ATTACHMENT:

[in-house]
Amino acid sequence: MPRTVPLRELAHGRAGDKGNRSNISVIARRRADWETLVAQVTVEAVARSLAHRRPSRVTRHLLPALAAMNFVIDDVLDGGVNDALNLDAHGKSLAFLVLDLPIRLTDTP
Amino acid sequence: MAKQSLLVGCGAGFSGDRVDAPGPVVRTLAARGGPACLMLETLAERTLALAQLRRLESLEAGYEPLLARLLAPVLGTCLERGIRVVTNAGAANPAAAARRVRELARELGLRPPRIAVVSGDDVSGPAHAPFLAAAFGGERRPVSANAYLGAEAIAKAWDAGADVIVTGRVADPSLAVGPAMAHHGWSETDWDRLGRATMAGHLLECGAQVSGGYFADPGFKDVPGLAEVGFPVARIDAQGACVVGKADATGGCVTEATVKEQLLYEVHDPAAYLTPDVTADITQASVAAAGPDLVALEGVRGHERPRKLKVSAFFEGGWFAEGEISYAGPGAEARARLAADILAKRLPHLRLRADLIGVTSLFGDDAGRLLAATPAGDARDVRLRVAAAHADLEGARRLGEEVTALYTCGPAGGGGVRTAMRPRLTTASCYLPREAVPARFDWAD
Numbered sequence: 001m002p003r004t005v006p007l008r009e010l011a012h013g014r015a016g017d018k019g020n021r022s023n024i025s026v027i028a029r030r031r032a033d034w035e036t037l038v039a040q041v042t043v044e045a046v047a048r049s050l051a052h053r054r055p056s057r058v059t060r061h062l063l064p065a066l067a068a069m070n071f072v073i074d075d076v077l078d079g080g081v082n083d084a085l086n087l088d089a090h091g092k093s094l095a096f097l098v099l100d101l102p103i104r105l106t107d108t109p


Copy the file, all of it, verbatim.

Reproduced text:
[in-house]
Amino acid sequence: MPRTVPLRELAHGRAGDKGNRSNISVIARRRADWETLVAQVTVEAVARSLAHRRPSRVTRHLLPALAAMNFVIDDVLDGGVNDALNLDAHGKSLAFLVLDLPIRLTDTP
Amino acid sequence: MAKQSLLVGCGAGFSGDRVDAPGPVVRTLAARGGPACLMLETLAERTLALAQLRRLESLEAGYEPLLARLLAPVLGTCLERGIRVVTNAGAANPAAAARRVRELARELGLRPPRIAVVSGDDVSGPAHAPFLAAAFGGERRPVSANAYLGAEAIAKAWDAGADVIVTGRVADPSLAVGPAMAHHGWSETDWDRLGRATMAGHLLECGAQVSGGYFADPGFKDVPGLAEVGFPVARIDAQGACVVGKADATGGCVTEATVKEQLLYEVHDPAAYLTPDVTADITQASVAAAGPDLVALEGVRGHERPRKLKVSAFFEGGWFAEGEISYAGPGAEARARLAADILAKRLPHLRLRADLIGVTSLFGDDAGRLLAATPAGDARDVRLRVAAAHADLEGARRLGEEVTALYTCGPAGGGGVRTAMRPRLTTASCYLPREAVPARFDWAD
Numbered sequence: 001m002p003r004t005v006p007l008r009e010l011a012h013g014r015a016g017d018k019g020n021r022s023n024i025s026v027i028a029r030r031r032a033d034w035e036t037l038v039a040q041v042t043v044e045a046v047a048r049s050l051a052h053r054r055p056s057r058v059t060r061h062l063l064p065a066l067a068a069m070n071f072v073i074d075d076v077l078d079g080g081v082n083d084a085l086n087l088d089a090h091g092k093s094l095a096f097l098v099l100d101l102p103i104r105l106t107d108t109p